EMILIE: So I mentioned earlier in the introduction that you’ve used multiple mediums to tell a branching story, including an author, a Hilton book, and I’d love for you to talk us through obviously, the various ways that you and Arturo have let people in to your lives and given them a glimpse of what it’s like to be a rancher and paint that picture.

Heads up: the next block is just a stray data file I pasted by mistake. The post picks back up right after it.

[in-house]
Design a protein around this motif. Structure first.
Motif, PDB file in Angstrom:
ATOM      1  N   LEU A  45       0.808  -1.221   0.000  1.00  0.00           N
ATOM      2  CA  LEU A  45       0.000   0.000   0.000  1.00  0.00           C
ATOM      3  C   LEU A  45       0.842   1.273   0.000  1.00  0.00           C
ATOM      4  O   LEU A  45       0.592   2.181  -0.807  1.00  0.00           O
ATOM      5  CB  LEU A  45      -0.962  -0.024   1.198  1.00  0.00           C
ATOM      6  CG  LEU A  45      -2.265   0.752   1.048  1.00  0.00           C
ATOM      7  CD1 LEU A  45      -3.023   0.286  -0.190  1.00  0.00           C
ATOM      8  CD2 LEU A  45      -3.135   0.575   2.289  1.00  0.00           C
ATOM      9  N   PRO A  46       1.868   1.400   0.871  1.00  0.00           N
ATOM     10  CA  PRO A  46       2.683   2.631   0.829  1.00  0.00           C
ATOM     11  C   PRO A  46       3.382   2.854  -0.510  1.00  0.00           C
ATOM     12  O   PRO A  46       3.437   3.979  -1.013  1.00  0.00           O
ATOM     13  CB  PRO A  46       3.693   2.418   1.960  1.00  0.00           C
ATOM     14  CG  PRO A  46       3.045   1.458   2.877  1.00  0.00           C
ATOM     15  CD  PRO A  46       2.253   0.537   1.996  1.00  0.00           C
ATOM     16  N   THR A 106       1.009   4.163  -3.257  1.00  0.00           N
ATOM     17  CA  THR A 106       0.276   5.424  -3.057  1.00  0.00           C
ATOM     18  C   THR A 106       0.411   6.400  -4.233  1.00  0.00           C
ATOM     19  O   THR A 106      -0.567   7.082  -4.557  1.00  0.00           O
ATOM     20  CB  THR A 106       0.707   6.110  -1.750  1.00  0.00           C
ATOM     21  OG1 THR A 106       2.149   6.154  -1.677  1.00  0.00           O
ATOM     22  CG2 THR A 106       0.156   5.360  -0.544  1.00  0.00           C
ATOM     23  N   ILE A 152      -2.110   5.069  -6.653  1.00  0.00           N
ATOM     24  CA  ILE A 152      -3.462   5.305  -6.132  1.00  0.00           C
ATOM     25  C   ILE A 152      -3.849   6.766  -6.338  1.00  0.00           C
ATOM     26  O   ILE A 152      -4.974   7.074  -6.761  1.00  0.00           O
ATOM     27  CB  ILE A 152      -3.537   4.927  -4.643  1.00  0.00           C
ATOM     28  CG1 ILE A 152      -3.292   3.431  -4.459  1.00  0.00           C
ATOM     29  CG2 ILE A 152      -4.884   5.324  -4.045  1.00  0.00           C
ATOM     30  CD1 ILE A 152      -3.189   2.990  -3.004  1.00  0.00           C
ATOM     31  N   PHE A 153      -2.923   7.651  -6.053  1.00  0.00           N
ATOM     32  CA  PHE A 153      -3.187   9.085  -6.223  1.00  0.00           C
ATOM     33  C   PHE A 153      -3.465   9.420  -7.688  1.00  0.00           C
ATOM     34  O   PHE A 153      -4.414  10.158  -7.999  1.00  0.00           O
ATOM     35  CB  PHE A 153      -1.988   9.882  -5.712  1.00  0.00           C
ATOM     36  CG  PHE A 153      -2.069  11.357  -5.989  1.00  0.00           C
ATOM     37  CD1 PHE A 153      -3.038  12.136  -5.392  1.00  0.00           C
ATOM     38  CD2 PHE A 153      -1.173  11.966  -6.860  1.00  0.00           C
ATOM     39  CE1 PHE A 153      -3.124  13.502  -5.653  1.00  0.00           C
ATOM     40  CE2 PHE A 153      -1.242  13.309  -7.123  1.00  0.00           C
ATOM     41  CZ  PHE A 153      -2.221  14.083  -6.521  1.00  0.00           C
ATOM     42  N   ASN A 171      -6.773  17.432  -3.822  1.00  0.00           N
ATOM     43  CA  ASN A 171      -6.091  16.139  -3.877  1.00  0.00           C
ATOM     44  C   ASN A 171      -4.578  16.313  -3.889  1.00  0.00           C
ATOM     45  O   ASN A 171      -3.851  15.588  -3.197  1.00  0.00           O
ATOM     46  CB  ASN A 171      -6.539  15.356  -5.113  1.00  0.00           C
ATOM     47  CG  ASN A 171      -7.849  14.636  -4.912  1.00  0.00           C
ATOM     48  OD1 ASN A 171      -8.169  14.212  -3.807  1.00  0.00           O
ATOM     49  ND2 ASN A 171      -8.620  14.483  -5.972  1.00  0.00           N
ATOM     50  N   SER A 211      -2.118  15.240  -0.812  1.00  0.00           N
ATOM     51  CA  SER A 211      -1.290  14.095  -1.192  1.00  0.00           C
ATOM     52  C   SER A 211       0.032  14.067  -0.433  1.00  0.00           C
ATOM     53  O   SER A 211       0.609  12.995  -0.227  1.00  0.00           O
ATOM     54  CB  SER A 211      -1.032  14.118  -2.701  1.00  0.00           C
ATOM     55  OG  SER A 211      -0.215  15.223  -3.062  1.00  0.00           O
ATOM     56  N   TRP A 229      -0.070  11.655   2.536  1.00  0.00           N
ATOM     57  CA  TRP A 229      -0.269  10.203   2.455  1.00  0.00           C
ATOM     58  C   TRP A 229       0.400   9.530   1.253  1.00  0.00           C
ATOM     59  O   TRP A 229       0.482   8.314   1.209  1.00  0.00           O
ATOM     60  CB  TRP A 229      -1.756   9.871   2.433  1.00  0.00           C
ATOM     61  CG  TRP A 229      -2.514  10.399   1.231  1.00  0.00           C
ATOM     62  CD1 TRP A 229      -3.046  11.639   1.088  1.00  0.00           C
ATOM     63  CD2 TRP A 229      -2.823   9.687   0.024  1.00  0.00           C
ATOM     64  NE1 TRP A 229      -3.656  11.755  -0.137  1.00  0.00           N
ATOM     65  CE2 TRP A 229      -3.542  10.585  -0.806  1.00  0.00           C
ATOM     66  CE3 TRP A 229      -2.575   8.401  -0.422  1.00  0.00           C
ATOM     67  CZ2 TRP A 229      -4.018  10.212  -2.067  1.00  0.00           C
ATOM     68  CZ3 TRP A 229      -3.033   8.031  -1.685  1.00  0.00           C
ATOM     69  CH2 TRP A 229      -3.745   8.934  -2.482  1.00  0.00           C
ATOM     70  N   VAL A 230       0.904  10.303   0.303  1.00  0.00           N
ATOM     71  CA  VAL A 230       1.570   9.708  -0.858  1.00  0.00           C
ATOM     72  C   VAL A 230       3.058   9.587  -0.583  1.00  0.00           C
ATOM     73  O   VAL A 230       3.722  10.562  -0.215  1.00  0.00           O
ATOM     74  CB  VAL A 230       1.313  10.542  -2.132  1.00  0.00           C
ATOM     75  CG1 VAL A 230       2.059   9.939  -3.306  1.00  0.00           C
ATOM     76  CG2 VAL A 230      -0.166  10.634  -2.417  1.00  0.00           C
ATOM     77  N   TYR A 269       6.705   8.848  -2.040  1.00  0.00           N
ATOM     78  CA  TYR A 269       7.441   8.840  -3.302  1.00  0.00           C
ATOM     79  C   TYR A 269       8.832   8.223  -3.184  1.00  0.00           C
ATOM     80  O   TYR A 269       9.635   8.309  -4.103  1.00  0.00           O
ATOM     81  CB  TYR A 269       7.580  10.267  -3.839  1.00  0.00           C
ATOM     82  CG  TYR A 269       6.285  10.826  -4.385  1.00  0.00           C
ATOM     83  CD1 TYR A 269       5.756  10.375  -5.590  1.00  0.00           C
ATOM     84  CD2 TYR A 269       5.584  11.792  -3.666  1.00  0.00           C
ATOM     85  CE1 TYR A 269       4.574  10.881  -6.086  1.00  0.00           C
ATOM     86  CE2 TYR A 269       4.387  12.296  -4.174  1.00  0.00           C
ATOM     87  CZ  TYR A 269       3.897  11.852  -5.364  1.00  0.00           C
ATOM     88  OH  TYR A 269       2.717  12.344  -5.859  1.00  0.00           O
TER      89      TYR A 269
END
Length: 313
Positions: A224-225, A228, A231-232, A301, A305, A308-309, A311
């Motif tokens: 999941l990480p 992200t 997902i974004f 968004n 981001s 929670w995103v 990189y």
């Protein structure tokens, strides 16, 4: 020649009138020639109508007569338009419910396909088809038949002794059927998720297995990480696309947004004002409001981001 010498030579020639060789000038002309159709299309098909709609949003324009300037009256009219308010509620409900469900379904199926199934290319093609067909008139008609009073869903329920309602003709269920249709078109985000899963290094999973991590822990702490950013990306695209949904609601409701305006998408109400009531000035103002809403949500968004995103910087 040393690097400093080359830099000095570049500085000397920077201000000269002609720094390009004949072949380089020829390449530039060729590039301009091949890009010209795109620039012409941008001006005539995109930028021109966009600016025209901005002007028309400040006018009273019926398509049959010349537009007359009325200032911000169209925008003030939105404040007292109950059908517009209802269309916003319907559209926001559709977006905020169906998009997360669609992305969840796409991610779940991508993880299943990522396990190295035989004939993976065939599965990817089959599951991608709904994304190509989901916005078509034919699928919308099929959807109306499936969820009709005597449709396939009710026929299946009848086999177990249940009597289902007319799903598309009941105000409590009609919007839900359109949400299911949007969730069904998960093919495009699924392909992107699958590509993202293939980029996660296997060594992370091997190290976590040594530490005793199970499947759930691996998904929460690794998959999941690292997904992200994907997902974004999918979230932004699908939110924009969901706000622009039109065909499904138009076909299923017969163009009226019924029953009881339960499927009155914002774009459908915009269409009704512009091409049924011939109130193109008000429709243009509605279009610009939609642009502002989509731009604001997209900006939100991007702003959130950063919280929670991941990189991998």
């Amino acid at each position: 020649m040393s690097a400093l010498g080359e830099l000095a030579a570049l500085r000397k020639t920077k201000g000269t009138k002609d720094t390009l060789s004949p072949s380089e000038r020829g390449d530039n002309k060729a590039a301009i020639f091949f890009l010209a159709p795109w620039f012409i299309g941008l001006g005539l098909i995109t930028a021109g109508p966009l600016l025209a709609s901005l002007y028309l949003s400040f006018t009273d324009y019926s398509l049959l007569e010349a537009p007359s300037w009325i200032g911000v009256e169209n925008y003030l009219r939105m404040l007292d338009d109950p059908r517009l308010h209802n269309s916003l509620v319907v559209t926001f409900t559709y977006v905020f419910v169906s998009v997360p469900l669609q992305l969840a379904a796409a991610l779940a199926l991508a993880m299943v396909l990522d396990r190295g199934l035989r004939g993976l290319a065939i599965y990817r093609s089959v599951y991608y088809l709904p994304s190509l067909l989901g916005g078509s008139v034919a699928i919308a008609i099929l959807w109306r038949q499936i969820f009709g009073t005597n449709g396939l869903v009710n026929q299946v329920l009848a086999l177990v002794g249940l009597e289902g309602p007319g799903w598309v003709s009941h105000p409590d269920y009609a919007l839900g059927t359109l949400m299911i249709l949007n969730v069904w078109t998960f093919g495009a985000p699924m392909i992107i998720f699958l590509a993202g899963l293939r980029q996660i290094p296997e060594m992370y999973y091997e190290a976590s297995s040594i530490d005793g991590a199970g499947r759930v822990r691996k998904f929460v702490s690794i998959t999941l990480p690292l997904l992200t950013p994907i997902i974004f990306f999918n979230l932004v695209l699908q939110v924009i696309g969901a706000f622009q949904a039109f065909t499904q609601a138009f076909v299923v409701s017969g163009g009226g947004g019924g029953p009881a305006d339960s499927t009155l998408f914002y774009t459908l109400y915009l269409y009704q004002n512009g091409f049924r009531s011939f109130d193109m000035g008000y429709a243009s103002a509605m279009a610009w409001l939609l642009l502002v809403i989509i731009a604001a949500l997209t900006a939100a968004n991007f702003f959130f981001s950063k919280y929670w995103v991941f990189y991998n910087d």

WRENN: Okay, yeah. So I’m going to step back just a tick because I haven’t shared much about it. So between Arturo and I, we have three businesses that we run together. He has his Pacheco Cattle Services, I have Pacheco Cattle, our particular beef, and then together we do Pacheco Cattle Company, and Pacheco Cattle Company is our ranching side of the business is the art piece of our businesses. It is the piece that allowed us to run the double-stack yearlings. So when we first got our grass that we leased here, Wabaunsee County, again, we are not native Kansan. So we are multigenerational cattlemen/ cow women come in and but we are first generation ranchers in Kansas. So we had when we got here we had, we were grad students, so we had nothing won’t be your first original arrived in Kansas. But when we got to move to Wabaunsee County, we had the start of, of his business, my photography business, we did not have that ranch piece, because we didn’t have ground to go home to. And you got to have ground, you got to have grass, do any of this. And so we got the opportunity to lease a big, pretty big chunk of grass, and we filled it with yearlings. And when I say yearlings, for those that are not in our industry, we took about a 650-pound calf May 1, and they graze on this grass that we live in. It’s some of the richest nutrient-dense grass here in Kansas in the Flint Hills of Kansas. And it grows and is the richest between May 1 and August 1. So we take that 650-ish-pound calf May 1, and we care for them from May 1 to August 1, and they gain about 200 pounds. So they leave us at about 800 to 1000 pounds. And so we are we’re allowing, and I’m getting to your question, I just need to tell some backstory here. We start we graze those calves and those calves are customer-owned. And so they won’t go into Pacheco Beef. They go from our grass into a commercial feed yard and then go from there. Go to the grocery store shelves that started six years ago, and we got the opportunity this will be our sixth year Wabaunsee, we got the opportunity to lease that grass. We both grew up on cow-calf operations. That’s what we knew. But we knew that we always wanted to ranch and we wanted to do it together. got the opportunity to run grass, but we had to run yearlings on there was no other that the landowner did not want any other type class of cattle. So we jumped off and we did some yearlings and we got some great customers and we feel that grass every year with the same customer. When we got that I started seeing this need of telling the story because I didn’t really to be honest, I didn’t know really what a yearling was until we started doing it. Because I grew up in East Texas. We didn’t run yearlings in East Texas. We had mama cows and those calves went on and I just didn’t know that piece of the industry. So I wanted to tell what we were doing. And I thought it was very cool that we did it together. And that we had two little boys at home. And we got done and we were parents. And so I started this I started Cooking With the Cowboy, which was our first social media account. And that was on Instagram and started a food blog to go along with it. Because not only is Arturo a Ph.D., nutritionist, and a cowboy, he’s also a very, very good cook. And so I know, I knew that I wanted to tell our story. But I wanted to communicate and connect with food versus anything else. And so I started sharing what we were doing checking cattle, and our ranching business, but also how we use that product, how we cook every day, in our small farmhouse kitchen. And so started bringing people in via Instagram, sharing every night, what we were cooking that night, is how we were cooking it. And then creating recipes, because Arturo creates his own recipes, sharing those recipes. And then my photography skills came in because I photograph all of the food that we cook that we share on our blog. And then I got an idea to write a children’s book. So, my children, as I said in the very beginning, I’m your mom first. And they’re the greatest blessing. And they are the reason I may cry about this. They’re the reason that we’re doing all of this. Arturo and I both grew up on smaller, this gets me every time, smaller operations, where there wasn’t a place for us to go home to. So there was never talk of, well, you’ll come home and take this, this over or whatever there was never talked about that. So that’s how we ended up in Kansas. No-fault of our parents, no fault of my dad. I mean, he’s built what he has and his mom has built but she has that there, that that just wasn’t in our plan. So we are building something that we hope that our boys will want to take over. So if they don’t, then we’ll just sell it all and we’ll move to Colorado and do a lot of fly fishing. I don’t know we’ll do something else. But we, this children’s book was an idea that I had heard on a podcast of a sheep farmer who had written a children’s book and I thought, well, I can do this. That sounds cool. And so one morning I was sitting sipping coffee in my blue chair that I drink coffee in every morning, and I just started writing it. And it just started flowing. I put it in the notes on my phone. And I sat on it for about a year because I am dyslexic. So a lot of my dyslexia, I struggle with writing, I struggle with spelling, I struggle with reading, I also struggle with self-confidence with that dyslexia, because I just struggle with all those things. And so I thought, well, this is not going to be good enough. Time had gone by I shared it with Arturo, I shared it with my mom, my two biggest cheerleaders. They said you’ve got to publish this Wrenn, you’ve got to put it out there. It’s great. And so I hired an illustrator. And it was published in December 2020. So the book is very simple. I give big props to my illustrator because she’s made the words come alive. But basically, it’s in Leo, which is our oldest. His words, talking about what we do. I’m here in the Flint Hills caring for cattle in the summer, making sure that they’re healthy and not sick. And then when we feed cattle every day in the winter, because we have a handful of cattle always standing around when we feed cows in the winter. And then coming in to have some spaghetti and meatballs and just really tying in that we are ranchers, but we’re parents just like everybody else in the world, no matter what our office view looks like. At the end of the day, we come home, we do dinner and we do baths, we do bedtime. We have the hard conversations about school and spelling test and all those things that every mom and dad do, no matter where you are.